What does social anthropology have to do with market systems development? Could market systems development provide a framework for applied anthropologists seeking to translate their findings into action? Could the research that social anthropologists produce solve problems market systems development professionals regularly face?
These were the questions the Springfield Centre explored at the 2019 Society for Applied Anthropology (SFAA) conference in Portland, Oregon. The theme of this year’s conference – ‘Engaging Change in Turbulent Times’ – attracted over 1700 participants from 28 countries, all with an interest in the intersections of anthropological research with applied practice and activism.
Among this vibrant group of (primarily academic) anthropologists the Springfield Centre found an engaged audience for our workshop on Market Systems Development: Using Applied Research to Achieve Systemic Change, Sustainability and Scale in International Development. This workshop began by introducing the market systems development (MSD) approach, as none of the workshop participants were yet familiar with it. Although MSD is research-oriented and is designed to promote inclusive, sustainable and systemic change by designing interventions based on holistic, contextualised analysis, few applied anthropologists have worked with it and none, to our knowledge, have yet conducted research about it.
The workshop proceeded to explore how MSD challenges mainstream development and the extent to which it addresses anthropological critiques of development. After considerable debate, the majority of participants concluded that although anthropology has a long history of producing valuable insights into misapprehensions between various aid actors and of highlighting problematic power relationships in development, attempts to apply anthropological research to development practice have too frequently defaulted to simplistic models.
“Recommendations for practice” in applied anthropology need to move beyond ‘direct delivery’ models of external donor-funded intervention (which are unsustainable) or suggestions that stakeholders work against their existing incentives (which are unimplementable). This is where MSD has a lot to offer. MSD has tested approaches to translating research insights into interventions that work within and through the economic, social and political systems that already exist. By using an MSD lens, anthropologists could make stronger arguments for how their insights should be applied within development.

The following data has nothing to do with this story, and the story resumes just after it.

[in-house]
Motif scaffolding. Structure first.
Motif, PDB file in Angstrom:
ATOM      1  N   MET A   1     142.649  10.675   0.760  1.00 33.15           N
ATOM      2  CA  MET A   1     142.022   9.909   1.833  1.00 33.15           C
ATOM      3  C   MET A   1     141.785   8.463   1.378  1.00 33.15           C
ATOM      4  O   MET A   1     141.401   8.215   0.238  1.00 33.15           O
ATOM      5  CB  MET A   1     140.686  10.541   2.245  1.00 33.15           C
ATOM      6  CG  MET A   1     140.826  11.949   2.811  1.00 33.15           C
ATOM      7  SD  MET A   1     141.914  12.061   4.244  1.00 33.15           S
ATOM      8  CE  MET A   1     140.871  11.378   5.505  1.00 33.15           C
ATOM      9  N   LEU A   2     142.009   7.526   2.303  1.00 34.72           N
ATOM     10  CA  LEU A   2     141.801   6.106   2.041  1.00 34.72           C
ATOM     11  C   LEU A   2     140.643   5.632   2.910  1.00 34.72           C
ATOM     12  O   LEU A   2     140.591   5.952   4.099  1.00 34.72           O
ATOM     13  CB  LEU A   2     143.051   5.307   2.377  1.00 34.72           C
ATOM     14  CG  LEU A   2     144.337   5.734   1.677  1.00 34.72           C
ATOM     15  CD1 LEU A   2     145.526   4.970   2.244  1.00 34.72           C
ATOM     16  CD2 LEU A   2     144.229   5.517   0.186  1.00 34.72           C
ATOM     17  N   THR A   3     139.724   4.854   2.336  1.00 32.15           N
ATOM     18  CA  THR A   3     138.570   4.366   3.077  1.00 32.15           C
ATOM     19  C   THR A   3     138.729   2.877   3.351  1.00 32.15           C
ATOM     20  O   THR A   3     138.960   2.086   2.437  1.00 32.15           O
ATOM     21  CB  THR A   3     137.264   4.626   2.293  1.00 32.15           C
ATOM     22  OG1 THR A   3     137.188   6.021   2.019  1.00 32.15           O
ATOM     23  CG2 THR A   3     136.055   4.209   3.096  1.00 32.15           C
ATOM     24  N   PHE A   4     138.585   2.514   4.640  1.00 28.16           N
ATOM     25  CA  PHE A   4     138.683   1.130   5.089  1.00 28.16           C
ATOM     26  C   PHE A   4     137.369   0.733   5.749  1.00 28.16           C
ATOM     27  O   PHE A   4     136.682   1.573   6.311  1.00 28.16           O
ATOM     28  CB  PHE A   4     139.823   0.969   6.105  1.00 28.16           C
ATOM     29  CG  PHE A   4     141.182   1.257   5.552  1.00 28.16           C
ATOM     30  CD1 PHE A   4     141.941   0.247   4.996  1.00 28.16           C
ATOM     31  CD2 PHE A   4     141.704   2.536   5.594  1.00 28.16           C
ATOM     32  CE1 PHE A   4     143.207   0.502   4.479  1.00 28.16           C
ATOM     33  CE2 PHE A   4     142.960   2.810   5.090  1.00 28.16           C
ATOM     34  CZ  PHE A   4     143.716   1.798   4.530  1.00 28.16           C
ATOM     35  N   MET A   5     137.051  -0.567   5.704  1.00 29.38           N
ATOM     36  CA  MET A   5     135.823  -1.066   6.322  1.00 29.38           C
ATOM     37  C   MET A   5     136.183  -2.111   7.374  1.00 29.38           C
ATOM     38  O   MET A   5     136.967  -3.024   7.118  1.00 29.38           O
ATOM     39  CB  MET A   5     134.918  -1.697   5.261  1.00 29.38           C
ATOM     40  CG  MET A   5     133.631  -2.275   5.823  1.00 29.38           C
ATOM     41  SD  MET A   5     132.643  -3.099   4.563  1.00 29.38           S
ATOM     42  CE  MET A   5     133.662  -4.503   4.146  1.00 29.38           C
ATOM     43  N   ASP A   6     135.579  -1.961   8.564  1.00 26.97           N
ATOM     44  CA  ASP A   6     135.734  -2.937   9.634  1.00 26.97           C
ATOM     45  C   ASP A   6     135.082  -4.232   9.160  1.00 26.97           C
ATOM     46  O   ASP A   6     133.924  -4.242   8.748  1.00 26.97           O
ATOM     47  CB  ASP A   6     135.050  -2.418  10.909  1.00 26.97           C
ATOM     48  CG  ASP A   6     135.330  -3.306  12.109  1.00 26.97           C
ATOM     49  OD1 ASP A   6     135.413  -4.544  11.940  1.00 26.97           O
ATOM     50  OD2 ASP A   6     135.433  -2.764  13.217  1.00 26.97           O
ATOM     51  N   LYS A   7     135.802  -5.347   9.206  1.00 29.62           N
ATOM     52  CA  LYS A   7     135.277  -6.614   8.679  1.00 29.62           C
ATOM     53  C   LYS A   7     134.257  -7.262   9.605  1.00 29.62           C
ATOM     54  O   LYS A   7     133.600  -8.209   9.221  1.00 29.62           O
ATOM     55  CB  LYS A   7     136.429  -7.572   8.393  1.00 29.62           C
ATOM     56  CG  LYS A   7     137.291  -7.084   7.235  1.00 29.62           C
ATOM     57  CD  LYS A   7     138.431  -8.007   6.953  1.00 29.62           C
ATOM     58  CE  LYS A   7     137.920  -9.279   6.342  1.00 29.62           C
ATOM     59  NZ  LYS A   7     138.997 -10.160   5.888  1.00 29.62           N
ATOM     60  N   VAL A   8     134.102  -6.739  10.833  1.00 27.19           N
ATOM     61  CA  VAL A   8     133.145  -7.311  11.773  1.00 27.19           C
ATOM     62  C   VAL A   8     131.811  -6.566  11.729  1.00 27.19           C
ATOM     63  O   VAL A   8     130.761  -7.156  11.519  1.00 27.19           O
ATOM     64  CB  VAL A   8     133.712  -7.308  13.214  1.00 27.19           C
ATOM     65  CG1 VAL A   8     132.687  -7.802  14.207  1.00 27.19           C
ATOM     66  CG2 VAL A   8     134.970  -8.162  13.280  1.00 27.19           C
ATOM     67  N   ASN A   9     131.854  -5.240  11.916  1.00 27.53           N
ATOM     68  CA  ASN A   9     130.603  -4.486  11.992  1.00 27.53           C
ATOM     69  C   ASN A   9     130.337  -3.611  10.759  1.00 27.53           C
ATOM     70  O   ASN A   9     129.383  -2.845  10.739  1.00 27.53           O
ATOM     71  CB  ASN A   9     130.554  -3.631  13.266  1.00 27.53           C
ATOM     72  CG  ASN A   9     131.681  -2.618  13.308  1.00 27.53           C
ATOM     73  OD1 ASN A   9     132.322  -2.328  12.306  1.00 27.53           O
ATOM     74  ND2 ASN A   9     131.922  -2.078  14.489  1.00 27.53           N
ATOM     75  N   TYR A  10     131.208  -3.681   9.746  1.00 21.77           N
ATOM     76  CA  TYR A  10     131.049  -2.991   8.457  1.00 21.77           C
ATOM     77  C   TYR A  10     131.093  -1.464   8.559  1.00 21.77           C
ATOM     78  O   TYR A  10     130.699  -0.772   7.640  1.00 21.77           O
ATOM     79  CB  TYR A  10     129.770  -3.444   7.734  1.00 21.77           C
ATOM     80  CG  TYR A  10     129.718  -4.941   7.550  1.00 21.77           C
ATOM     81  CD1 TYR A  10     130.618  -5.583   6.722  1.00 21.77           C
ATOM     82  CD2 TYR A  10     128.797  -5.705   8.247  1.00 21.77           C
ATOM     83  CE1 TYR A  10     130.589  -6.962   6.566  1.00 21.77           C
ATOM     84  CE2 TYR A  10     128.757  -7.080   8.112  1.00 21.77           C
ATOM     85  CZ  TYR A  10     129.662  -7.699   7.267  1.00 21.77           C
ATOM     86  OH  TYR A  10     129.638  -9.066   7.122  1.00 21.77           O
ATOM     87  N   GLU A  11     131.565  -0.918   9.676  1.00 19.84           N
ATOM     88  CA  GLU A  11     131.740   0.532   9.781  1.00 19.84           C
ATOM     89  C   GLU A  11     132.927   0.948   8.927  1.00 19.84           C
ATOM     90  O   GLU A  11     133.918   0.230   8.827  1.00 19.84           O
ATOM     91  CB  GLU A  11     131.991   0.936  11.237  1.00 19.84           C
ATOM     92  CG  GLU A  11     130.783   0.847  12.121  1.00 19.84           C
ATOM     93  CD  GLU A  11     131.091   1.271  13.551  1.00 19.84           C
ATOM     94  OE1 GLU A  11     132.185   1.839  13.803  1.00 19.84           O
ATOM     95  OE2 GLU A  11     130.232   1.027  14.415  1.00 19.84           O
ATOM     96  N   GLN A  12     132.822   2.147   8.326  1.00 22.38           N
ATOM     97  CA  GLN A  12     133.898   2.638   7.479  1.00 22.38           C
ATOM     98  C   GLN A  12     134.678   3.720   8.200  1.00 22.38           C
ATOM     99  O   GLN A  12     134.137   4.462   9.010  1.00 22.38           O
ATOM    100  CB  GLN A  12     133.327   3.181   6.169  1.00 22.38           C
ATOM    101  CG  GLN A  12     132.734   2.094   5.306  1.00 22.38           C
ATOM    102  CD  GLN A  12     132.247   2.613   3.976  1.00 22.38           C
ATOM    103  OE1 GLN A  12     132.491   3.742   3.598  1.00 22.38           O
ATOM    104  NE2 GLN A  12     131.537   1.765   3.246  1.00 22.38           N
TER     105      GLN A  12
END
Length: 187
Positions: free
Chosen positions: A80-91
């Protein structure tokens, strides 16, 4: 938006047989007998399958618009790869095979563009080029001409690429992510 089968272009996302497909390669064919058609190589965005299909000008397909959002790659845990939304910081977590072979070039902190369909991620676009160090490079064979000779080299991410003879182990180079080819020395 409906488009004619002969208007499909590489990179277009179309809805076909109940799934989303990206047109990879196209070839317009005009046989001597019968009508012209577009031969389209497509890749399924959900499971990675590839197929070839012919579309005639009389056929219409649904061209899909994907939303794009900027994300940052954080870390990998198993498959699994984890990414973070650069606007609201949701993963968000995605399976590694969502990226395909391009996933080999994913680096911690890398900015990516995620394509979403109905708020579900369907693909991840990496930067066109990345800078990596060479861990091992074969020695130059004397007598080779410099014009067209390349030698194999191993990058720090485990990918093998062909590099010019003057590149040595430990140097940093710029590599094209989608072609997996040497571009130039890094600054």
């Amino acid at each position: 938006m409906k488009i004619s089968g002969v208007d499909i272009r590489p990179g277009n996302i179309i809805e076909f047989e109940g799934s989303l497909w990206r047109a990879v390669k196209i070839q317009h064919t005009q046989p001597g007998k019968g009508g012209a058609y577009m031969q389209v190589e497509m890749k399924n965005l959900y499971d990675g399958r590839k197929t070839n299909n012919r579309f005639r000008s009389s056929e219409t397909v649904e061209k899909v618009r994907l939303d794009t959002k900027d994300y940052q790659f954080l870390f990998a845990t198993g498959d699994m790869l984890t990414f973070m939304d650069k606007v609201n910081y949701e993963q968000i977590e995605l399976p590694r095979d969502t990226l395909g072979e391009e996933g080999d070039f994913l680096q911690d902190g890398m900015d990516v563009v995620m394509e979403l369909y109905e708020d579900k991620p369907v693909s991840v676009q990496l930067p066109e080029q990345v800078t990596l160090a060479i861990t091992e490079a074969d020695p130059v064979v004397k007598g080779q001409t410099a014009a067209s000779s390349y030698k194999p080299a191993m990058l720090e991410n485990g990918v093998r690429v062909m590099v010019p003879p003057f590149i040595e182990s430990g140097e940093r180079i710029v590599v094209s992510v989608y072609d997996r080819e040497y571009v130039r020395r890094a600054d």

Meanwhile, greater engagement from anthropologists has the potential to improve MSD practice too. Many MSD programmes are looking for better ways to build rigorous quantitative and qualitative research methods into their analysis and measurement. Increasingly, programmes recognise the need to better understand social as well as economic realities, and to design programmes that respond to local conceptions of vulnerability and poverty instead of imposing external definitions. Anthropologists are well-equipped to advise on how MSD frameworks should be adapted to different social and political contexts and to advocate for more participatory approaches to programme design, as well as to build capacity in using research methods effectively.
In order to equip workshop participants to build useful bridges between these disciplines in the future, the rest of the workshop was spent on introductory technical training in MSD methods and frameworks. We discussed the different between effective development activities, which should always be temporary, and effectively functioning “markets,” in which changes that lead to inclusivity are done by permanent players because of their own incentives. Tools such as ‘market system mapping,’ the ‘sustainability analysis framework’ and the ‘systemic change framework’ were introduced alongside case studies from diverse sectors such as tourism and rural media.
Feedback was positive, with several participants immediately applying MSD concepts to their work and to that of other conference participants. Through exercises and discussion, the rich potential of collaboration between social anthropologists and development professionals using systemic approaches quickly became apparent.
I really appreciate you offering the workshop at the conference, and I feel like I learned a lot. My view of development and donor-funded projects has definitely shifted, and I hope to keep these ideas in mind during future endeavours. Hopefully one day I’ll be able to attend the full 2-week training and immerse myself further in these concepts and exercises. Thank you again for sharing your time and passion with us!
This workshop was led by Dr. Rachel Shah, a Development Anthropologist working as a Consultant for The Springfield Centre. Please feel free to contact her on email@example.com